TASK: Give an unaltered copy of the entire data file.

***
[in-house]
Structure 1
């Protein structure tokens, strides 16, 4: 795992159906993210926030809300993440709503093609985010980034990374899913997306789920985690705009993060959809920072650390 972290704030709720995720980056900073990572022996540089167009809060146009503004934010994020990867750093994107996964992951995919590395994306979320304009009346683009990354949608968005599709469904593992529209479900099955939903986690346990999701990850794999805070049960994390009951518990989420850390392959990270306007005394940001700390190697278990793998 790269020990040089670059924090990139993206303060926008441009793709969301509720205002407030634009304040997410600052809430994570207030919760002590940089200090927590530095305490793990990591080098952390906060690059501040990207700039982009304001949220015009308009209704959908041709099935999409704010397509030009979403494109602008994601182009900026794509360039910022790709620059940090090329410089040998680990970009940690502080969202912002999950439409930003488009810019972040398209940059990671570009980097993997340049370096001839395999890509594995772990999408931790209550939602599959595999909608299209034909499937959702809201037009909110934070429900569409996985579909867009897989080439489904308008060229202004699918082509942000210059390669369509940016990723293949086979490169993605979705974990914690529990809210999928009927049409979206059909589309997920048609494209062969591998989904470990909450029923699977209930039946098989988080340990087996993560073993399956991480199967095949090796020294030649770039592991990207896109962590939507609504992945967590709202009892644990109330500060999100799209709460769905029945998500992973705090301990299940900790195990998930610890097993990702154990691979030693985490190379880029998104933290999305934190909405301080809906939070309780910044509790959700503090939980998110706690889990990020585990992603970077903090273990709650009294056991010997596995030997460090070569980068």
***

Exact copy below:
[in-house]
Structure 1
């Protein structure tokens, strides 16, 4: 795992159906993210926030809300993440709503093609985010980034990374899913997306789920985690705009993060959809920072650390 972290704030709720995720980056900073990572022996540089167009809060146009503004934010994020990867750093994107996964992951995919590395994306979320304009009346683009990354949608968005599709469904593992529209479900099955939903986690346990999701990850794999805070049960994390009951518990989420850390392959990270306007005394940001700390190697278990793998 790269020990040089670059924090990139993206303060926008441009793709969301509720205002407030634009304040997410600052809430994570207030919760002590940089200090927590530095305490793990990591080098952390906060690059501040990207700039982009304001949220015009308009209704959908041709099935999409704010397509030009979403494109602008994601182009900026794509360039910022790709620059940090090329410089040998680990970009940690502080969202912002999950439409930003488009810019972040398209940059990671570009980097993997340049370096001839395999890509594995772990999408931790209550939602599959595999909608299209034909499937959702809201037009909110934070429900569409996985579909867009897989080439489904308008060229202004699918082509942000210059390669369509940016990723293949086979490169993605979705974990914690529990809210999928009927049409979206059909589309997920048609494209062969591998989904470990909450029923699977209930039946098989988080340990087996993560073993399956991480199967095949090796020294030649770039592991990207896109962590939507609504992945967590709202009892644990109330500060999100799209709460769905029945998500992973705090301990299940900790195990998930610890097993990702154990691979030693985490190379880029998104933290999305934190909405301080809906939070309780910044509790959700503090939980998110706690889990990020585990992603970077903090273990709650009294056991010997596995030997460090070569980068």